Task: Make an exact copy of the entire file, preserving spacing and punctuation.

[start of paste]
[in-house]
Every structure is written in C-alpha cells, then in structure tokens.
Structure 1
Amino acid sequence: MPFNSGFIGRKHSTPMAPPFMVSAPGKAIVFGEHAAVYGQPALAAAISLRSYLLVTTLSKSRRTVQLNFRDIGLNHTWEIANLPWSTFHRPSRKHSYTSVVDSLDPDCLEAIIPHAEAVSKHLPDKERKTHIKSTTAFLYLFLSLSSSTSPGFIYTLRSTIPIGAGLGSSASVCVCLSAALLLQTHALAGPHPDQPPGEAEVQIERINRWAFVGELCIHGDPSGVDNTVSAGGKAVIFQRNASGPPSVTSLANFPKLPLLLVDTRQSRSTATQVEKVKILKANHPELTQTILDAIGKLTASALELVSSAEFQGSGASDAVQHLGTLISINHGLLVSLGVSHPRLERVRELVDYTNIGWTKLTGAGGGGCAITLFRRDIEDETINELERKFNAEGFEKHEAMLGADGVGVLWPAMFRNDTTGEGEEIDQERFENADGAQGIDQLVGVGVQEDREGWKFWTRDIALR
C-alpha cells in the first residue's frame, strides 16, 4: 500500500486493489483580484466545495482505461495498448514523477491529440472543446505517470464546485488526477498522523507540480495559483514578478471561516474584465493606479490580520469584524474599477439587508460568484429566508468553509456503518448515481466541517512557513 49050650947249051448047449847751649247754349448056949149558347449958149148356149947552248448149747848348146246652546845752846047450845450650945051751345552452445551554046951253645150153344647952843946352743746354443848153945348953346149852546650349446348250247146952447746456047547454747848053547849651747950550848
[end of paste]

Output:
[in-house]
Every structure is written in C-alpha cells, then in structure tokens.
Structure 1
Amino acid sequence: MPFNSGFIGRKHSTPMAPPFMVSAPGKAIVFGEHAAVYGQPALAAAISLRSYLLVTTLSKSRRTVQLNFRDIGLNHTWEIANLPWSTFHRPSRKHSYTSVVDSLDPDCLEAIIPHAEAVSKHLPDKERKTHIKSTTAFLYLFLSLSSSTSPGFIYTLRSTIPIGAGLGSSASVCVCLSAALLLQTHALAGPHPDQPPGEAEVQIERINRWAFVGELCIHGDPSGVDNTVSAGGKAVIFQRNASGPPSVTSLANFPKLPLLLVDTRQSRSTATQVEKVKILKANHPELTQTILDAIGKLTASALELVSSAEFQGSGASDAVQHLGTLISINHGLLVSLGVSHPRLERVRELVDYTNIGWTKLTGAGGGGCAITLFRRDIEDETINELERKFNAEGFEKHEAMLGADGVGVLWPAMFRNDTTGEGEEIDQERFENADGAQGIDQLVGVGVQEDREGWKFWTRDIALR
C-alpha cells in the first residue's frame, strides 16, 4: 500500500486493489483580484466545495482505461495498448514523477491529440472543446505517470464546485488526477498522523507540480495559483514578478471561516474584465493606479490580520469584524474599477439587508460568484429566508468553509456503518448515481466541517512557513 49050650947249051448047449847751649247754349448056949149558347449958149148356149947552248448149747848348146246652546845752846047450845450650945051751345552452445551554046951253645150153344647952843946352743746354443848153945348953346149852546650349446348250247146952447746456047547454747848053547849651747950550848